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Selph v. Tedrow

United States District Court, D. New Mexico

February 21, 2018

JULIAN SELPH, Plaintiff,


         THIS MATTER is before the Court under 28 U.S.C. §§ 1915A 1915(e)(2)(B), and Fed.R.Civ.P. 12(b)(6) on the Civil Rights Complaint Pursuant to 42 U.S.C. § 1983 filed by Plaintiff Julian Selph (Doc. 1). The Court will dismiss the Complaint on the grounds that it fails to state a claim, seeks monetary relief from Defendants who are immune from such relief, and is barred by Younger v. Harris, 401 U.S. 37 (1971) .


         Plaintiff Julian Selph is a prisoner in the custody of the State of New Mexico. At the time he filed his Complaint, he was a pretrial detainee awaiting trial on charges in State of New Mexico, County of San Juan, Eleventh Judicial District Court cause no. D-1116-CR-201500444. (Doc. 1 at 19). During the pendency of this action, Selph has been convicted by a jury and sentenced to 339 years imprisonment on multiple counts of criminal sexual penetration of a child under 13, criminal exual contact with a minor under 13, child abuse, and intimidation of a witness. See D-1116-CR-201500444.[1]

         Selph filed his Civil Rights Complaint pursuant to 42 U.S.C. § 1983. (Doc. 1 at 1). The caption of Selph's Complaint identifies “County of San Juan Prosecutor Robert P. Tedrow & District Attorney Office All Assistants” as Defendants. (Doc. 1 at 1). In the body of his Complaint, Selph also names Karen Etcitty, an Assistant District Attorney, and New Mexico State Magistrate Judge Trudy Reed-Chavez. (Doc. 1 at 2-3). For Selph's cause of action, the Complaint alleges Count I “malicious prosecution” and Count II “6 Amendment-Due Process.” (Doc. 1 at 4). In the space for “supporting facts, ” Selph states “see attached.” (Doc. 1 at 4). Attached to Selph's Complaint are copies of documents from his state criminal proceeding and hand-written letters, addressed “to whom it may concern, ” setting out what appears to be a rambling diary or log of events occurring during his prosecution. (Doc. 1 at 8-33). Selph seeks “$10, 000, 000 in monteary damages as well as my case dismissed, for ajudicating officials in my case be removed from office & heavly reprimanded by the Court.” (Doc. 1 at 6).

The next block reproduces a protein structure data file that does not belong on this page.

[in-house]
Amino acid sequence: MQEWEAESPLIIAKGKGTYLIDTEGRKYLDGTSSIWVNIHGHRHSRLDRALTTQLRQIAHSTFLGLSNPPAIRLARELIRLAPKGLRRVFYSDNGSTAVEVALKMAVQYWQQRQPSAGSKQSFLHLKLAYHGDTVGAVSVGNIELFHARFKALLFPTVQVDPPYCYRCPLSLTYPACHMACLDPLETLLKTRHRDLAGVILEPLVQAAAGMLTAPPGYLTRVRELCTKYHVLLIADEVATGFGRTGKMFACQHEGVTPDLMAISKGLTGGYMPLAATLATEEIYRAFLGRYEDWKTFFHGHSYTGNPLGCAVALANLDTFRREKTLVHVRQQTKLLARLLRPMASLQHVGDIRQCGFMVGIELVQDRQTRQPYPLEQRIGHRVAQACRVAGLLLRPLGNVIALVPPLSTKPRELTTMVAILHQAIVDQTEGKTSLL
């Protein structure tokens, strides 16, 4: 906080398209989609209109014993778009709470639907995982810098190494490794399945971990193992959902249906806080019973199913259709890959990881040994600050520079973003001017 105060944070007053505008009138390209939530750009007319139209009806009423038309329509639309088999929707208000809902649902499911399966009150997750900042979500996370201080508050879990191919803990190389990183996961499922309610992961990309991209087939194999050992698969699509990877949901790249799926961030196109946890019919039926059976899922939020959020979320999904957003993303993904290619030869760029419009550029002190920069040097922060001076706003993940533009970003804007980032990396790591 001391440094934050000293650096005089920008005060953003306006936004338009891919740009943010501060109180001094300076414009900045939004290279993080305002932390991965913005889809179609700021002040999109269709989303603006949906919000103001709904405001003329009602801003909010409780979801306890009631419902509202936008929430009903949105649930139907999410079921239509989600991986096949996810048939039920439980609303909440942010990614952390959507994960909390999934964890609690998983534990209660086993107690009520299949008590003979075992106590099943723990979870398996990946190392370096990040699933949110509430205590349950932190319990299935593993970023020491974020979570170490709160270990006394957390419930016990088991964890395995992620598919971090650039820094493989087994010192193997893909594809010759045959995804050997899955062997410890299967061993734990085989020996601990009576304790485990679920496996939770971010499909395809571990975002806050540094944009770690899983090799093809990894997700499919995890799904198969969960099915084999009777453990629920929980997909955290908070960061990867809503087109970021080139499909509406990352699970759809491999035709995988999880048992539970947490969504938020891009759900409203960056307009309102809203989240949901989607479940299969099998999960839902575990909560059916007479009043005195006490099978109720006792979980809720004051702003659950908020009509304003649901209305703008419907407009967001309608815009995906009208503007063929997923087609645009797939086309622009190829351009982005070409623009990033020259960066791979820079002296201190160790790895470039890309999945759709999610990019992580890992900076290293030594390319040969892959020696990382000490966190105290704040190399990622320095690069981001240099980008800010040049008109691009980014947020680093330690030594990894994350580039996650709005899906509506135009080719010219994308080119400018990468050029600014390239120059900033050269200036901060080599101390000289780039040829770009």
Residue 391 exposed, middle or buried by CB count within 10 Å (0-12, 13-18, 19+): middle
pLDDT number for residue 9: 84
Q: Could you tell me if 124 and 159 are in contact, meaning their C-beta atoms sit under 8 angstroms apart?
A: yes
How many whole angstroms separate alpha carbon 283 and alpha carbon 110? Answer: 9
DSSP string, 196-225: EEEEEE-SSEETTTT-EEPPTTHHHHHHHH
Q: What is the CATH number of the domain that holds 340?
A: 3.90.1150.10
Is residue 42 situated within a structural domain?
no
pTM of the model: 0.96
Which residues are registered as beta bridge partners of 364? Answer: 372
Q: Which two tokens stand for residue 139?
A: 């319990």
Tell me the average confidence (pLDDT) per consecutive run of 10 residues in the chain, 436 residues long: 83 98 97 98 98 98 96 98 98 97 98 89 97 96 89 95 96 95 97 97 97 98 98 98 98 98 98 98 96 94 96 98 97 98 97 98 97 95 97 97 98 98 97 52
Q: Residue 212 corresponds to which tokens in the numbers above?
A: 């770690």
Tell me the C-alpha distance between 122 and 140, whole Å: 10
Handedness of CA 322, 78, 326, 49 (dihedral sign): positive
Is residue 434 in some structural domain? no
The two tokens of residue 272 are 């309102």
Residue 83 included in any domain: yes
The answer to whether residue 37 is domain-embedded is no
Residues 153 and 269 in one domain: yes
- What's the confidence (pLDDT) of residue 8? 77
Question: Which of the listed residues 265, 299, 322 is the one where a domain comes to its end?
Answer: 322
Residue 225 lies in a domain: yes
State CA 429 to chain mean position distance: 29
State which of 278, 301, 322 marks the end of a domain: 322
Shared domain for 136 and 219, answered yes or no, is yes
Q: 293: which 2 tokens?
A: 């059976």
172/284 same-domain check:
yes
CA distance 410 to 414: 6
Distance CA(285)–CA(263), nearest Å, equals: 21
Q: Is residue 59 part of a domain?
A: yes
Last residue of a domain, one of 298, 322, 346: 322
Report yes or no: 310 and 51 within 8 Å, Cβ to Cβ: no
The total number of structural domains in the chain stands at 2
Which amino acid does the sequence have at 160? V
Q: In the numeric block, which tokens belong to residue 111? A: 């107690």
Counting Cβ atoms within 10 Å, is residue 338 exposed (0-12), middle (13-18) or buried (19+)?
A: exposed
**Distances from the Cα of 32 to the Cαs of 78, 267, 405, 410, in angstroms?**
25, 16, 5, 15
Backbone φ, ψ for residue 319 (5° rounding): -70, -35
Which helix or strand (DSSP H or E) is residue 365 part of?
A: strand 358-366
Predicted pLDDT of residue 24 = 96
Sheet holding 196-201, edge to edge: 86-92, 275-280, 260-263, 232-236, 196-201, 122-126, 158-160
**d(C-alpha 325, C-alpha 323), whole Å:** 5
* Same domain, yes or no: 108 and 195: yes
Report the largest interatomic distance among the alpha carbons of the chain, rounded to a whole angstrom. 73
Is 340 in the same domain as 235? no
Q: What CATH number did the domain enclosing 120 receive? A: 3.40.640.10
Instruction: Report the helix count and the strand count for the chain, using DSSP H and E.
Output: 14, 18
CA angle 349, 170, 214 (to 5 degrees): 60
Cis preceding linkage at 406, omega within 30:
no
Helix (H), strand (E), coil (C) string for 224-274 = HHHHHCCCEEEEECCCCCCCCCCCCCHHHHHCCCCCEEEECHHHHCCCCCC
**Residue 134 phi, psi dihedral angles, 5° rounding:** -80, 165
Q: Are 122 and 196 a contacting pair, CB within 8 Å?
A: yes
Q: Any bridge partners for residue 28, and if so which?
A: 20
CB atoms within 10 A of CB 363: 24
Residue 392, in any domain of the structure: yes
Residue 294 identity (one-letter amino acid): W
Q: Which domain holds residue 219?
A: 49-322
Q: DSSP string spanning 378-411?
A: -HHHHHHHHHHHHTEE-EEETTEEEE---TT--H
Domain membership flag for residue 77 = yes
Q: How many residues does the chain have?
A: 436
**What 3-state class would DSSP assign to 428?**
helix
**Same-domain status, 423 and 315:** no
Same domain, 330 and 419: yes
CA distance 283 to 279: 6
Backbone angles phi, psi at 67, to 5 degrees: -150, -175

Plaintiff Selph is proceeding pro se and in forma pauperis. The Court has the discretion to dismiss an in forma pauperis complaint sua sponte for failure to state a claim upon which relief may be granted under either Fed.R.Civ.P. 12(b)(6) or 28 U.S.C. § 1915(e)(2)(B). A claim should be dismissed where it is legally or factually insufficient to state a plausible claim for relief. Bell Atlantic Corp. v. Twombly, 550 U.S. 544 (2007).

         Under Fed.R.Civ.P. 12(b)(6) the Court must accept all well-pled factual allegations, but not conclusory, unsupported allegations, and may not consider matters outside the pleading. Twombly, 550 U.S. at 555; Dunn v. White, 880 F.2d 1188, 1190 (10th Cir. 1989). The court may dismiss a complaint under rule 12(b)(6) for failure to state a claim if “it is ‘patently obvious' that the plaintiff could not prevail on the facts alleged.” Hall v. Bellmon, 935 F.2d 1106, 1109 (10th Cir. 1991) (quoting McKinney v. Oklahoma Dep't of Human Services, 925 F.2d 363, 365 (10th Cir. 1991)). A plaintiff must allege “enough facts to state a claim to relief that is plausible on its face.” Twombly, 550 U.S. at 570.